Episode #11: Zombies, talking robots and the Rapture!

The eleventh episode of Consilience is out! You can download the mp3 here (26.4mb) and the file’s page on Archive.org is here.

This week we have a special guest, James Hough. James is well known in the Gauteng skeptical circle through his blog, Acinonyx Scepticus, and his involvement in the Johannesburg Skeptic’s in the Pub events (James was the only person to attend the first SITP that Angela organised back in November 2008).

By the way… Sorry the podcast is a few days late this week. A key member of our editorial team has been feeling rather sick. Normal service to resume next week.

Teaching Angela to Appreciate History

This week we discuss the signing of the Metre Convention in 1875 which led to the adoption of the International System of Units (SI units), which is the modern form of the metric system.

Listener Feedback

James Hough, our special guest this week, points out some important things to consider about the smallpox samples which we discussed in episode 10.

Mike clears up some errors regarding homeopathic dilution and reflexology.


In case you missed it, the Rapture has not happened. We recorded this edisode of the podcast on the 22nd of May and we had another look at the failed predictions of Harold Camping. (We included an excerpt from the Pod Delusion podcast). We predict cognitive dissonance (When Prophecy Fails) will reign supreme.

The USA’s Centers for Disease Control (CDC) has released a set of guidelines for preparing for the Zombie apocalypse! (Sorry Cathy! Please don’t stop listening!). Of course, this is just supplemental to Max Brooks’ Zombie Survival Guide.

We discuss a recent paper in the journal Science by Rowe et. al. about how the sense of smell may have influenced the development of the mammalian brain. The paper looks at CT scans of two ancient, mouse-sized mammalian fossils, the Morganucodon and the Hadrocodium, both of which were alive between 195 and 205 million years ago.

A BBC documentary has been causing a stir because of its suggestion that an fMRI scan of a prominent Apple fanboy revealed that his brain responded to Apple imagery in much the same way a devout religious person’s brain responds to religious imagery.

Ruth Schulz and her colleagues at the University of Queensland have taught a pair of really cute little robots, known as Lingodroids, how to learn their own language. Through exploration, communication and experimentation, these two little robots were able to not only invent words for locations in their environment, but also to come up with names for places they had never experienced.

Satoshi Kanazawa has proven himself to be a crazy racist yet again with his claim that black women are ugly because they have “too much testosterone”. Kanazawa bases this ridiculous claim on his own interpretation of data collected during the National Longitudinal Study of Adolescent Health in the US.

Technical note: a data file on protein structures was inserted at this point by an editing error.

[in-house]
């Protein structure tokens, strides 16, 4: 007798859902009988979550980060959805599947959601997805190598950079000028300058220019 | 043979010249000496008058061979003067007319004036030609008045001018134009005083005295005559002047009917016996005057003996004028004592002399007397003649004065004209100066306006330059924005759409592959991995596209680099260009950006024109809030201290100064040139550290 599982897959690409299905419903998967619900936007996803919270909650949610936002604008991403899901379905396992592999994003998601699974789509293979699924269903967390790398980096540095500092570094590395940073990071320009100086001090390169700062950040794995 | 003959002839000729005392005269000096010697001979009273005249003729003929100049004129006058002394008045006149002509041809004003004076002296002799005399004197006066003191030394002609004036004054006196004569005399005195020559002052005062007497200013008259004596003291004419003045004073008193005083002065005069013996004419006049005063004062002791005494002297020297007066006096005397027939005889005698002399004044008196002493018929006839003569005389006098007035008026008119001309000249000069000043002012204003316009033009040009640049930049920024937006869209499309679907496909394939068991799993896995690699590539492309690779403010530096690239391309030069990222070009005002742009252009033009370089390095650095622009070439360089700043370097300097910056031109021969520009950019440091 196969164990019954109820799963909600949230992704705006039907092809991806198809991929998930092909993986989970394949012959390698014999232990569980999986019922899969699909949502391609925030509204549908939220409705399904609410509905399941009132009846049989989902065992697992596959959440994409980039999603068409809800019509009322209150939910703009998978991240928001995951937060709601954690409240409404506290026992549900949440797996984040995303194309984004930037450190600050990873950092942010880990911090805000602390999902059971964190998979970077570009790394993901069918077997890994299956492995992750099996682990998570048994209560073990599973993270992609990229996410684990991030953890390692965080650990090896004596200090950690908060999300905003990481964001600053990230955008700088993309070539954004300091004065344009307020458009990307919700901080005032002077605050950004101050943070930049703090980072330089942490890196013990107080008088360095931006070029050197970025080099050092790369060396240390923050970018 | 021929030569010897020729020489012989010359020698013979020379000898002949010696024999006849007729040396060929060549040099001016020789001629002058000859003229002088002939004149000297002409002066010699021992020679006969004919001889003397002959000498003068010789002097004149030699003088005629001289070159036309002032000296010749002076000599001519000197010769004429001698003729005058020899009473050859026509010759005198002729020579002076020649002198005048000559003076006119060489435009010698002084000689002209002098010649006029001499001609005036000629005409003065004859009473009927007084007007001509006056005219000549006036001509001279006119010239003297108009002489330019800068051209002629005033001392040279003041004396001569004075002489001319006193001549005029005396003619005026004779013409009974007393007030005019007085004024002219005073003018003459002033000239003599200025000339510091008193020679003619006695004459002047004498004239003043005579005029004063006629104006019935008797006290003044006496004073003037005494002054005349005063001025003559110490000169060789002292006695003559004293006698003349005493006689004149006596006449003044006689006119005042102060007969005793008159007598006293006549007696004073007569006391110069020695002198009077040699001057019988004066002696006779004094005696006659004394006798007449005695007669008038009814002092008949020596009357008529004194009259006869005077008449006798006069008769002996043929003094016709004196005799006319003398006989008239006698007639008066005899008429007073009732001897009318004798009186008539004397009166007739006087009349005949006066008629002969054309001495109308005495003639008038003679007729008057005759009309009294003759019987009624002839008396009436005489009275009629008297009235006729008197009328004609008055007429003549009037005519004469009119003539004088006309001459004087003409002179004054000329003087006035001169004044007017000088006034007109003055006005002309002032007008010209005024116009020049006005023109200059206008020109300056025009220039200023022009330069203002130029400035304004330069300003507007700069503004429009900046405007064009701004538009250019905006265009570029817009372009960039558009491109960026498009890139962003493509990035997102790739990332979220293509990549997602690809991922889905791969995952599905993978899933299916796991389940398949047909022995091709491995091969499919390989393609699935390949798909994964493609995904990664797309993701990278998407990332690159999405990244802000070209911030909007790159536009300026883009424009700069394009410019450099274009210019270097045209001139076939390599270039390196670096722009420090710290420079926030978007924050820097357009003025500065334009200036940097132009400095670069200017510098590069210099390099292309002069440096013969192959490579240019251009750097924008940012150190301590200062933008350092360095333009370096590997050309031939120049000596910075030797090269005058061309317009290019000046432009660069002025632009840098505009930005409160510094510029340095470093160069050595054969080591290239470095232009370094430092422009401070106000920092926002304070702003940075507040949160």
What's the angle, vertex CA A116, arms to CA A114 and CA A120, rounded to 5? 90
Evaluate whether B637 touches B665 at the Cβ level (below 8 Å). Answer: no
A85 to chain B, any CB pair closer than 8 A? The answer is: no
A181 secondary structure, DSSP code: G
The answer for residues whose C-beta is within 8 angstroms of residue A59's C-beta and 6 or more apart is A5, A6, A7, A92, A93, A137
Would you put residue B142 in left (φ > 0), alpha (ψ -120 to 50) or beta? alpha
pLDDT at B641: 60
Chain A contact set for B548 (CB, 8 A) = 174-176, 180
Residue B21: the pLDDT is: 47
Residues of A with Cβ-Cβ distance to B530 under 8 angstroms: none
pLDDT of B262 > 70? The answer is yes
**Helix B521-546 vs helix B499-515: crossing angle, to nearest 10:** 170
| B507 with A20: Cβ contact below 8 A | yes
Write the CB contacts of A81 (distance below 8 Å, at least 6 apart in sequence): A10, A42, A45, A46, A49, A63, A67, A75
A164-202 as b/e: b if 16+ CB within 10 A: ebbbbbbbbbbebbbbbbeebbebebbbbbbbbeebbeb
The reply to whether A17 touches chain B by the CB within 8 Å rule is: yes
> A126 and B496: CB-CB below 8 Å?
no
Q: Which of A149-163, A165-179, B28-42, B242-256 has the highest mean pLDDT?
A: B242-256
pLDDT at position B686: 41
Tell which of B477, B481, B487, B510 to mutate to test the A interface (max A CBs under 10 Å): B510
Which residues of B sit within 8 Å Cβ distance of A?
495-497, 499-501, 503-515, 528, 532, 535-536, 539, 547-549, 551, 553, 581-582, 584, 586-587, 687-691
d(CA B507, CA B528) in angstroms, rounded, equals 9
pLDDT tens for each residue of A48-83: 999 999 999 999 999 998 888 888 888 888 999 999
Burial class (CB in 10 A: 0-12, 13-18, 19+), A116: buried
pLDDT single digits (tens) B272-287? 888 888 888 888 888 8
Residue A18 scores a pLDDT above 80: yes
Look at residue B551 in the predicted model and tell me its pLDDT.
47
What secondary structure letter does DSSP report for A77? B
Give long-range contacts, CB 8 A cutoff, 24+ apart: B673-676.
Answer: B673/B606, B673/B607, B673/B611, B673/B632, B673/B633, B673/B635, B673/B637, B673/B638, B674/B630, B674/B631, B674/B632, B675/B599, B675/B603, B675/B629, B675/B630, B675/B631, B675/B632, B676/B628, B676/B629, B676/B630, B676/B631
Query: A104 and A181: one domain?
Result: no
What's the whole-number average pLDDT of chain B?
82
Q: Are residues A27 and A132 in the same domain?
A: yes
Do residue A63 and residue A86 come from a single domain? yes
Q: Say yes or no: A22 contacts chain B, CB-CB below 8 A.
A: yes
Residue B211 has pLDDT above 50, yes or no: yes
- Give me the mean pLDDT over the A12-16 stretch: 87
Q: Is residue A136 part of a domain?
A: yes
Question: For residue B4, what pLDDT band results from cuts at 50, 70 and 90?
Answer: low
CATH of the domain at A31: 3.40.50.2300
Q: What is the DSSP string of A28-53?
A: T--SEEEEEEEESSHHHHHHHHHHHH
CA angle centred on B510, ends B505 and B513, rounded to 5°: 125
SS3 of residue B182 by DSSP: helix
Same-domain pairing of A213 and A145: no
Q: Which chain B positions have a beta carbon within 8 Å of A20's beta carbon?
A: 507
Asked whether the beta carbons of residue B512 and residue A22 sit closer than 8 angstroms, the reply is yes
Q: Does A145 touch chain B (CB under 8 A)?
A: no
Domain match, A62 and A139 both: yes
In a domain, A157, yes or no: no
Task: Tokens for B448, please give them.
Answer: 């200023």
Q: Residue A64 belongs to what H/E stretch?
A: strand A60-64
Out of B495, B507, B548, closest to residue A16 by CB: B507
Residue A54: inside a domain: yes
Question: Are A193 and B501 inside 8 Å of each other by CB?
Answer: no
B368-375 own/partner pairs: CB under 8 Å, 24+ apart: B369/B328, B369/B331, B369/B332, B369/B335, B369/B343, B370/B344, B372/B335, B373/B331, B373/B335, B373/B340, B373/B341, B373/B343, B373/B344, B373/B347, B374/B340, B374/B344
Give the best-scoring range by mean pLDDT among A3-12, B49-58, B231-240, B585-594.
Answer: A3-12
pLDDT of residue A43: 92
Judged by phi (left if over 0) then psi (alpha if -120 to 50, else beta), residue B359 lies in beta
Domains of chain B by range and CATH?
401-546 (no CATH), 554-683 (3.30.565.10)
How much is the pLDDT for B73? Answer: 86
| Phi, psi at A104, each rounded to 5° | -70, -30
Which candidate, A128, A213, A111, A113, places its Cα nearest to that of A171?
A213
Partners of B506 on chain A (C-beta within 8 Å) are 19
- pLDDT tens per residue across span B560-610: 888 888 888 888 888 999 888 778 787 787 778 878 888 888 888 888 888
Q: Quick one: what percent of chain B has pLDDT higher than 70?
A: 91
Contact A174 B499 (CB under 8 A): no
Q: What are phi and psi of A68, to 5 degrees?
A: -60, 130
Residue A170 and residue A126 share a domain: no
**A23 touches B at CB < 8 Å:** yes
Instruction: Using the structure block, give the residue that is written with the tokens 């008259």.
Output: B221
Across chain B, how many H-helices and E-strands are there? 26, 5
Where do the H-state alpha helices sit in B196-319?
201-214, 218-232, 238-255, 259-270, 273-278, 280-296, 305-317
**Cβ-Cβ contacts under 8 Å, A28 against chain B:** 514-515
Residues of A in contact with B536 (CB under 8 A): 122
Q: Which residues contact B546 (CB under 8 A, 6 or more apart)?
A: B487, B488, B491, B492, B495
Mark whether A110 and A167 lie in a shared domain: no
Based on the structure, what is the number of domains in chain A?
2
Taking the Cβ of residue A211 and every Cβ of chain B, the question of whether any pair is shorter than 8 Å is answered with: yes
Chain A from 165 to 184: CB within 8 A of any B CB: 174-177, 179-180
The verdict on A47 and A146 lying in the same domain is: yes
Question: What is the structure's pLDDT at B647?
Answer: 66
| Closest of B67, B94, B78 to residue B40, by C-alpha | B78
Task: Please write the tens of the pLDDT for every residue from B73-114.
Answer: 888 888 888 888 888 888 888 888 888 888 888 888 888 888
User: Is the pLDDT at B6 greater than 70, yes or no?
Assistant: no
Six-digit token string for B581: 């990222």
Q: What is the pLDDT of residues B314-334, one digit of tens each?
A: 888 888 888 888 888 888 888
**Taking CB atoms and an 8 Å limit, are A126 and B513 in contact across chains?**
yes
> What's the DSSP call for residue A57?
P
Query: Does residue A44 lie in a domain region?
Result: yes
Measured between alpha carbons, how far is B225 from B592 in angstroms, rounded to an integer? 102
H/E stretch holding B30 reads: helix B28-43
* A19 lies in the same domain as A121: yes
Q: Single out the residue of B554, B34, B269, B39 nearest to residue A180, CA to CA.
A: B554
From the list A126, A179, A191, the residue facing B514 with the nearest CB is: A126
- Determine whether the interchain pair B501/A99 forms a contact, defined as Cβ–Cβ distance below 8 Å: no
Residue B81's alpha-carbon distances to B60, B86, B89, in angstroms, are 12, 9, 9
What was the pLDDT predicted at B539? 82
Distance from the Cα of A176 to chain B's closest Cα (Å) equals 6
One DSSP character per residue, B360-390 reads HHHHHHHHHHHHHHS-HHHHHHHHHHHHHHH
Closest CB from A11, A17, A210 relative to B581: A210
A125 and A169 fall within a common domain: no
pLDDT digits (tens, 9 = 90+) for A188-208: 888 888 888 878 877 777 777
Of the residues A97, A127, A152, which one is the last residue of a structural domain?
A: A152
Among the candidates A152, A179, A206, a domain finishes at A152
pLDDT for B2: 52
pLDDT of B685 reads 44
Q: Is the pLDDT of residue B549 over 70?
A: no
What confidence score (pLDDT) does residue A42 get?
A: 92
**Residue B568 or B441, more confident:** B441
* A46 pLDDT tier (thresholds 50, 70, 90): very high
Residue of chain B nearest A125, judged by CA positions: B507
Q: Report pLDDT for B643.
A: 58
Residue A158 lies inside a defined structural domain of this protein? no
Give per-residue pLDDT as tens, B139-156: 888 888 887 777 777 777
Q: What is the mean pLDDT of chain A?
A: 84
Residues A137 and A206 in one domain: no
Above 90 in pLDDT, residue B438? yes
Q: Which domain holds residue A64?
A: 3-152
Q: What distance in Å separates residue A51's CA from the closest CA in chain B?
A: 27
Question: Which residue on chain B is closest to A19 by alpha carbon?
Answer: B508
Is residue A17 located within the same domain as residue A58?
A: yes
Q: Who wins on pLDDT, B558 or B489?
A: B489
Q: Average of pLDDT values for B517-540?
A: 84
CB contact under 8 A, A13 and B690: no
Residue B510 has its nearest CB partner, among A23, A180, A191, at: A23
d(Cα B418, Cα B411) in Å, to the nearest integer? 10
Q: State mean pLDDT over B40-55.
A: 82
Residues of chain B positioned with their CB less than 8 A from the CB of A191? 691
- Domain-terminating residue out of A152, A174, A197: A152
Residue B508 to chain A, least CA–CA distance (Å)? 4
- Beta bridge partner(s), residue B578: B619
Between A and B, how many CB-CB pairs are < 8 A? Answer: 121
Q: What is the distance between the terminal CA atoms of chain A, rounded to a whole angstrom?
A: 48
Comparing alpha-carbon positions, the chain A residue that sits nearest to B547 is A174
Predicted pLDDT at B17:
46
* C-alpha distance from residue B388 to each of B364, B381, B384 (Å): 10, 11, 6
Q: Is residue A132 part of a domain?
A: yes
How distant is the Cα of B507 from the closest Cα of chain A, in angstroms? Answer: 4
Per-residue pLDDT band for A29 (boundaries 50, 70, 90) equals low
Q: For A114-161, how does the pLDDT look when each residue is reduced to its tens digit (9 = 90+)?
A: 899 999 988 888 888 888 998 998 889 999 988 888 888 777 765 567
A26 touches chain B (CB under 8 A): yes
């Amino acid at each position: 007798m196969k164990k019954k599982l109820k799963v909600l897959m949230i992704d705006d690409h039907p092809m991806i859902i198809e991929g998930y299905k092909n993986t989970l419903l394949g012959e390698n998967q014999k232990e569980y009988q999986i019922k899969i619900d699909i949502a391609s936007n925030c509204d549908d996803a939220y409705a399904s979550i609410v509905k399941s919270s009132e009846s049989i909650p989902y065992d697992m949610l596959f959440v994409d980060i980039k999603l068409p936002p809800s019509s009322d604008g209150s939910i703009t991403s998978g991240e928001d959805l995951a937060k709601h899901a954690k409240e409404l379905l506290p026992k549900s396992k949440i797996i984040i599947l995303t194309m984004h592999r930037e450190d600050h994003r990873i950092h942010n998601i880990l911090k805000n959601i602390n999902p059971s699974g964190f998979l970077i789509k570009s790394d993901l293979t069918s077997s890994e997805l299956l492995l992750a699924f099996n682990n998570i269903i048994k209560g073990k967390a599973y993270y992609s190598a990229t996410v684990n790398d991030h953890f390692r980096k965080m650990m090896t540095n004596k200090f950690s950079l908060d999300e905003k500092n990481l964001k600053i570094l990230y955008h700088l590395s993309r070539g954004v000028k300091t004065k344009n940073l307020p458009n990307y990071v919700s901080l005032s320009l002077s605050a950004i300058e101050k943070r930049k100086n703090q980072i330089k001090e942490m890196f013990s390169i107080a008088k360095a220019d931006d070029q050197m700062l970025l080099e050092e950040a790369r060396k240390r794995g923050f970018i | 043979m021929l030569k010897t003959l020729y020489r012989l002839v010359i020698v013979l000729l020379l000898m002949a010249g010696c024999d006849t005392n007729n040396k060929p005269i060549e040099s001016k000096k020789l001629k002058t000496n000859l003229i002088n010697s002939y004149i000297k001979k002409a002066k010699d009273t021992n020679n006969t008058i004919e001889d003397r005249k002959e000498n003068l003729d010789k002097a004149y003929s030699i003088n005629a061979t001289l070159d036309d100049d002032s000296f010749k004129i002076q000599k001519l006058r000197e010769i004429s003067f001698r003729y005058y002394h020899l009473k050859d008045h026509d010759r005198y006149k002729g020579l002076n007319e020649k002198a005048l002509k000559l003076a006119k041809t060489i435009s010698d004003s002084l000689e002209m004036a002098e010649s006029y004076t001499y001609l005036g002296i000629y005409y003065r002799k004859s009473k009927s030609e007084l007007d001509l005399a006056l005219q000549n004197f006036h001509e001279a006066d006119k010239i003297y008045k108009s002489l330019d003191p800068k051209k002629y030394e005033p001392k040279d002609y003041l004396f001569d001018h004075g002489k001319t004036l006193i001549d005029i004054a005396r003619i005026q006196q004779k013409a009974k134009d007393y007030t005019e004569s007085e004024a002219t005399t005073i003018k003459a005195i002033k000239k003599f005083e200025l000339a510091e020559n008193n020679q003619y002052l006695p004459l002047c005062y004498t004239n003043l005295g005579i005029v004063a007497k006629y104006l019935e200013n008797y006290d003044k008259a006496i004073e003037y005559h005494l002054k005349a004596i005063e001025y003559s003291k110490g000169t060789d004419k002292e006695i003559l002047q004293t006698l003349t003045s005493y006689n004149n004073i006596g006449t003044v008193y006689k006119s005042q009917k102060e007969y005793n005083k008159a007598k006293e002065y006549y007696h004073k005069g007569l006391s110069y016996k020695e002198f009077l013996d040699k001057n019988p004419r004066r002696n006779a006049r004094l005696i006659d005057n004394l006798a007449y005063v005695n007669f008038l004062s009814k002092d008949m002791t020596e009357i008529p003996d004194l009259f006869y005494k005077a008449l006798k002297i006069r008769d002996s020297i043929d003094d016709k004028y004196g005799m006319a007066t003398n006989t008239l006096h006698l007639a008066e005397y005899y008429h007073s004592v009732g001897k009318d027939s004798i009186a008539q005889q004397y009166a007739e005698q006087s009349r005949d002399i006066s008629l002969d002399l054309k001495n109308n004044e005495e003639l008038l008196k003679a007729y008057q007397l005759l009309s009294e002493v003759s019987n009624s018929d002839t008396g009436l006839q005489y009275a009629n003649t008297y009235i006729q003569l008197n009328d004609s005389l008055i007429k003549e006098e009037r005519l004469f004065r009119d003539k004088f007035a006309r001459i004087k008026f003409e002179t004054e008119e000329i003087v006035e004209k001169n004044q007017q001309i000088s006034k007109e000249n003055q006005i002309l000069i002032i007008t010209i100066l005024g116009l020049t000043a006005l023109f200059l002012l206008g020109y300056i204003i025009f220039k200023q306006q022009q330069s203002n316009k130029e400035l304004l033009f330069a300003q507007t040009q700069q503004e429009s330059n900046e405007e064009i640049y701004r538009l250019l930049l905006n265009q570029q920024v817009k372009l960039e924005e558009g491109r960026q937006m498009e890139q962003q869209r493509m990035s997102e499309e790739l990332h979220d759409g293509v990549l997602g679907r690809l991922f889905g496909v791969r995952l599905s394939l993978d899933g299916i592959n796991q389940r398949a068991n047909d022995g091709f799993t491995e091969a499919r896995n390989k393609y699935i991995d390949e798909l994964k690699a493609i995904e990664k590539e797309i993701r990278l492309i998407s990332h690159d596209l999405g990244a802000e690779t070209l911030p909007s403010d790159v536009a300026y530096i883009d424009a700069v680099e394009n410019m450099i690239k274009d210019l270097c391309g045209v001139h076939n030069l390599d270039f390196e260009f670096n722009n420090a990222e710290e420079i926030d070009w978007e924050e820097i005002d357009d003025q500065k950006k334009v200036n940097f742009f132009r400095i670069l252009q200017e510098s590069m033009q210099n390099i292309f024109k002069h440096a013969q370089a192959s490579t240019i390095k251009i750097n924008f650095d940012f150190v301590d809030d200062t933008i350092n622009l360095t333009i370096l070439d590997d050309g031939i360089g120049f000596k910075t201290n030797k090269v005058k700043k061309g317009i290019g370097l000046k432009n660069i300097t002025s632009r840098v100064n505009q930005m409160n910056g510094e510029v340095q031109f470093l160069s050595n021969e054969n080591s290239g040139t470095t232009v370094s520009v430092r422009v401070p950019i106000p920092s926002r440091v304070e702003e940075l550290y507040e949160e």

How does HIV affect the spread of measles? We discuss a recent paper in PLoS Pathogens that studied this question.

Questions for the Panel

Angela received a comment on her Skeptic Detective blog which contains many interesting questions. We will answer the questions posed in this comment over the course of a few episodes. This week we tackle the placebo effect and determining the possible atmospheric conditions on exoplanets.

We really enjoyed answering these questions and would like to encourage more of our listeners to follow suit. Email questions to consiliencecast@gmail.com.


The June edition of the Johannesburg Skeptics in the Pub will be held on the 1st of June at the Keg and Spitfire in Blackheath. The events Facebook page is here, please join us if you can. http://www.archive.org/download/ConsilienceEpisode11/Consilience11.mp3

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5 Responses to Episode #11: Zombies, talking robots and the Rapture!

  1. Rallick says:

    Well, I was all ready to come and correct you and say that iTunes works perfectly well for finding your podcast, but then you said that you had the button on the sidebar, and I remembered that this is how I got your feed in iTunes. My bad! Sorry I can’t be of any further help, but once again a good show, thanks!

    PS: Apple sucks! The garden of Eden just proves that point!

  2. James says:


    Just to clarify how the Lingodroids create pseudo-experiences (locations they have never visited). I went back to the paper to get the exact reason why the “where-is-there” game can result in novel locations. I had glossed over this previously and not read it in depth.

    The grammar of the “where-is-there” game is prescribed to the robots (in case I wasn’t clear before; they’re not inventing a language, this is yet another prescribed component of language 😉 ). The grammar dictates that once the game is started, the robot in charge of the game speaks the location of a known reference point. From where they are to the reference point both of them know. The robot running the game then announces a random angle relative to the line between their current location and the named location and also announces a random distance along that new line. That will describe a point that they both understand through the geometry of their relative position but may not have experiences encoded for it. That is why the passive robot in this game can realise if its somewhere that it has been before or not and will know if it should announce a place name for a place it already knows or a new name for a place not yet known.

    Also; Owen asked if this will be useful when the serving droids meet each other in the corridor and coordinate who goes where. More likely it’s an example of when the robot uprising occurs and the same two droids meet to discuss where to bury the body in a place they have both never been. 😛


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